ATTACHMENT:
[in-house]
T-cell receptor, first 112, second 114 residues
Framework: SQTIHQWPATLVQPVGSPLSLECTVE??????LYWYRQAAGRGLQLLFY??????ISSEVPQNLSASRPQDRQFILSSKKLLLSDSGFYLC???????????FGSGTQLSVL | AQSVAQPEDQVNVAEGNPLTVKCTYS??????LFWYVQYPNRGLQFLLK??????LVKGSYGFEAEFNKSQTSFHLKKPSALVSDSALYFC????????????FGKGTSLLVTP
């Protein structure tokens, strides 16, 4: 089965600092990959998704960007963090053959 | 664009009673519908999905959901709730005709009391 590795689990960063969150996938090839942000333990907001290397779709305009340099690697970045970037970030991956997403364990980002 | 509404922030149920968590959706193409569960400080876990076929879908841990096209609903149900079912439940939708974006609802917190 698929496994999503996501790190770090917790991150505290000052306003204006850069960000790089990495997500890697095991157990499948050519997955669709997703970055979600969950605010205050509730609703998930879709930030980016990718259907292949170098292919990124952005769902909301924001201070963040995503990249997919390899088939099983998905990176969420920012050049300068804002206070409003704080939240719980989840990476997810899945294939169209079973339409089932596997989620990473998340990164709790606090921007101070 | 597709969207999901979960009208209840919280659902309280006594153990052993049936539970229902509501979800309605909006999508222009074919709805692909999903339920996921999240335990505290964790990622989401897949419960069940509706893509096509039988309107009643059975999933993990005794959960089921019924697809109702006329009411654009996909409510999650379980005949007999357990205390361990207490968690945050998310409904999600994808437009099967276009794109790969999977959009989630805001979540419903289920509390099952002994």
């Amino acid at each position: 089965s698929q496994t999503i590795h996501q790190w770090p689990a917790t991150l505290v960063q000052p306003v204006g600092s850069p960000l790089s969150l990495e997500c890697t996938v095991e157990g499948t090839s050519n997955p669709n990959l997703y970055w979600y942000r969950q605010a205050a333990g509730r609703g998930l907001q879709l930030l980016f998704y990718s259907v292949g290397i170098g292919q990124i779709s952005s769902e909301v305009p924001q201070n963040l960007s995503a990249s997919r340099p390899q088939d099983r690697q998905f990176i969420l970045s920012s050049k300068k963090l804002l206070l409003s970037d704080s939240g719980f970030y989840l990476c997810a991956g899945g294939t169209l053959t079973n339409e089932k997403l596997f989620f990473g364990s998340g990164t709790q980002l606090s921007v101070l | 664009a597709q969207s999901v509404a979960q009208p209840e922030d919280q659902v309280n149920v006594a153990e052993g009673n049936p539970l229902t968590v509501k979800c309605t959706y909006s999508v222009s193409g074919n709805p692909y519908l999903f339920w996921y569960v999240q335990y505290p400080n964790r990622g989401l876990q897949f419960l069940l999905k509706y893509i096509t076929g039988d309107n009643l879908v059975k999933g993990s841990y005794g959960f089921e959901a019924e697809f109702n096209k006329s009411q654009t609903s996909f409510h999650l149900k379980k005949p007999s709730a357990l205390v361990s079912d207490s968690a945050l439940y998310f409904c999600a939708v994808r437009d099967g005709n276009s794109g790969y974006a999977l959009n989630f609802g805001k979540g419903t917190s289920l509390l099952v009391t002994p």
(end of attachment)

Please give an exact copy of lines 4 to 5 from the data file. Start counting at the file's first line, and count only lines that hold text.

């Protein structure tokens, strides 16, 4: 089965600092990959998704960007963090053959 | 664009009673519908999905959901709730005709009391 590795689990960063969150996938090839942000333990907001290397779709305009340099690697970045970037970030991956997403364990980002 | 509404922030149920968590959706193409569960400080876990076929879908841990096209609903149900079912439940939708974006609802917190 698929496994999503996501790190770090917790991150505290000052306003204006850069960000790089990495997500890697095991157990499948050519997955669709997703970055979600969950605010205050509730609703998930879709930030980016990718259907292949170098292919990124952005769902909301924001201070963040995503990249997919390899088939099983998905990176969420920012050049300068804002206070409003704080939240719980989840990476997810899945294939169209079973339409089932596997989620990473998340990164709790606090921007101070 | 597709969207999901979960009208209840919280659902309280006594153990052993049936539970229902509501979800309605909006999508222009074919709805692909999903339920996921999240335990505290964790990622989401897949419960069940509706893509096509039988309107009643059975999933993990005794959960089921019924697809109702006329009411654009996909409510999650379980005949007999357990205390361990207490968690945050998310409904999600994808437009099967276009794109790969999977959009989630805001979540419903289920509390099952002994």
């Amino acid at each position: 089965s698929q496994t999503i590795h996501q790190w770090p689990a917790t991150l505290v960063q000052p306003v204006g600092s850069p960000l790089s969150l990495e997500c890697t996938v095991e157990g499948t090839s050519n997955p669709n990959l997703y970055w979600y942000r969950q605010a205050a333990g509730r609703g998930l907001q879709l930030l980016f998704y990718s259907v292949g290397i170098g292919q990124i779709s952005s769902e909301v305009p924001q201070n963040l960007s995503a990249s997919r340099p390899q088939d099983r690697q998905f990176i969420l970045s920012s050049k300068k963090l804002l206070l409003s970037d704080s939240g719980f970030y989840l990476c997810a991956g899945g294939t169209l053959t079973n339409e089932k997403l596997f989620f990473g364990s998340g990164t709790q980002l606090s921007v101070l | 664009a597709q969207s999901v509404a979960q009208p209840e922030d919280q659902v309280n149920v006594a153990e052993g009673n049936p539970l229902t968590v509501k979800c309605t959706y909006s999508v222009s193409g074919n709805p692909y519908l999903f339920w996921y569960v999240q335990y505290p400080n964790r990622g989401l876990q897949f419960l069940l999905k509706y893509i096509t076929g039988d309107n009643l879908v059975k999933g993990s841990y005794g959960f089921e959901a019924e697809f109702n096209k006329s009411q654009t609903s996909f409510h999650l149900k379980k005949p007999s709730a357990l205390v361990s079912d207490s968690a945050l439940y998310f409904c999600a939708v994808r437009d099967g005709n276009s794109g790969y974006a999977l959009n989630f609802g805001k979540g419903t917190s289920l509390l099952v009391t002994p």